Why won't collision coverage protect me if I hit an animal?
With automobile insurance, there are generally four categories of coverage you can buy:
- Third party liability – Typically mandatory. Covers property damage and bodily injury.
- Accident benefits – Covers the insured's own medical payments.
- Uninsured, under-insured or unidentified motorist protection (UMP) – Pays if the other driver is at fault but does not have insurance, does not have enough, or has committed a hit and run.
- Own damage coverage – Optional coverage that pays for damage to the insured's vehicle.
Names and terminology may vary from jurisdiction to jurisdiction.
All four coverage sections work together to ensure that you are protected from the financial consequences of getting into a car accident. For example, if you accidentally rear-ended another car at high speed, the third party liability section would pay for any damage you caused to the other vehicle and its occupants, while your accident benefits would cover any injuries you might have sustained in the process. And finally, own damage coverage, if you purchased it, would pay for any damage to your own vehicle (for related reading, see The First Steps You Need to Take After Wrecking Your Car).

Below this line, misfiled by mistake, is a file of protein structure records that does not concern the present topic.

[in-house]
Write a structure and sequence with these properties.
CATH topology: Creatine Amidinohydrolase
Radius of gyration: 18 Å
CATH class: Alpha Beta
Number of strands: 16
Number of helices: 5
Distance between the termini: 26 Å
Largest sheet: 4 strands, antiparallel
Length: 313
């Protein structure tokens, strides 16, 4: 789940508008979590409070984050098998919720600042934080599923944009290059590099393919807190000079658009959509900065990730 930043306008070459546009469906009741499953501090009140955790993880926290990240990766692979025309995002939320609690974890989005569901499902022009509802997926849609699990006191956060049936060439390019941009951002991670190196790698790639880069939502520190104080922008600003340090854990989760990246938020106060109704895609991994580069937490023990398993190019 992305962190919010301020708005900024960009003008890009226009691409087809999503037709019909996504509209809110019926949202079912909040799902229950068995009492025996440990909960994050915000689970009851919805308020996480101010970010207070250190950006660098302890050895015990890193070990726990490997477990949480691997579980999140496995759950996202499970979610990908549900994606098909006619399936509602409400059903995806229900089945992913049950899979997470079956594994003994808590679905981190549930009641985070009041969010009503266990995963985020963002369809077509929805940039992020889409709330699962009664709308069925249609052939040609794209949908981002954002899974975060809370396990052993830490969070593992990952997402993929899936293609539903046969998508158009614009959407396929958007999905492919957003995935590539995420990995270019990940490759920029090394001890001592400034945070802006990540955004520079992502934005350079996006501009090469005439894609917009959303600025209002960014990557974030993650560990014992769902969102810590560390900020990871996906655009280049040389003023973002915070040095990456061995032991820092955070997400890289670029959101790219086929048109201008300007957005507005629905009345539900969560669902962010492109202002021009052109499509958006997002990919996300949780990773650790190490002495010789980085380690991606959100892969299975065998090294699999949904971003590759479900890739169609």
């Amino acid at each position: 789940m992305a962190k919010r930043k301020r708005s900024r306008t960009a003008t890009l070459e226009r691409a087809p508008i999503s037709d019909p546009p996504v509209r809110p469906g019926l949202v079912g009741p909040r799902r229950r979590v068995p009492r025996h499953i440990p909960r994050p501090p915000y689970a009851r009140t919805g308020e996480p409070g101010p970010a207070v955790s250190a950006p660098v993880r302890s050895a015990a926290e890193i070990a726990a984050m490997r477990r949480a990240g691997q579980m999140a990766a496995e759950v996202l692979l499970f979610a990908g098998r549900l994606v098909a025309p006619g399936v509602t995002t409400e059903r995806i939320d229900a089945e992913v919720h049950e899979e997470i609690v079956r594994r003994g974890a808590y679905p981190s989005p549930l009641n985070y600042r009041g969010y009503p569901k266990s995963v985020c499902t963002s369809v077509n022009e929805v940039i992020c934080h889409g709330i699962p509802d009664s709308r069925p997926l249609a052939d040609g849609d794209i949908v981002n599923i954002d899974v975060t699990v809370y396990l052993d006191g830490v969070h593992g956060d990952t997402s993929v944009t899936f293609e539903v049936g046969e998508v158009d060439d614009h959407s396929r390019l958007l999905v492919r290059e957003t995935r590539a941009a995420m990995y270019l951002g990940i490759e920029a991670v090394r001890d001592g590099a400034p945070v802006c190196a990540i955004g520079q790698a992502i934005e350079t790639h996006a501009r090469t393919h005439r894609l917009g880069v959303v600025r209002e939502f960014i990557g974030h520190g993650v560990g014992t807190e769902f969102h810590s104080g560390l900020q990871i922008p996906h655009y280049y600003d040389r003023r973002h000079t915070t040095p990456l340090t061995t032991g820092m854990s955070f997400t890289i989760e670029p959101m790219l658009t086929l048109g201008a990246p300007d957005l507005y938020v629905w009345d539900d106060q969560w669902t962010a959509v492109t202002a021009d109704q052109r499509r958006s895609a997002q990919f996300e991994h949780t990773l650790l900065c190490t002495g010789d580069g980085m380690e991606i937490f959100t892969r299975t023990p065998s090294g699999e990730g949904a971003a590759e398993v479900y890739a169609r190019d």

With that background information out of the way, the category we're concerned about for this question is own damage coverage. In the own damage coverage portion of your policy, there are several options available to purchase and collision coverage is one of them.
Collision coverage in most insurance policies is defined as when a vehicle hits something in contact with the ground. That includes walls, buildings, and other cars. But for some reason it excludes hitting animals. For insurance purposes, animals are not considered something that is "in contact with the ground."
If you are concerned about potentially hitting an animal, you should ask about adding comprehensive coverage to your automobile insurance policy. Comprehensive falls under the own damage coverage and covers all sorts of damage to your vehicle, such as impacts with animals, falling objects, or vandalism. For the best coverage, most people get all perils coverage, which combines collision and comprehensive.
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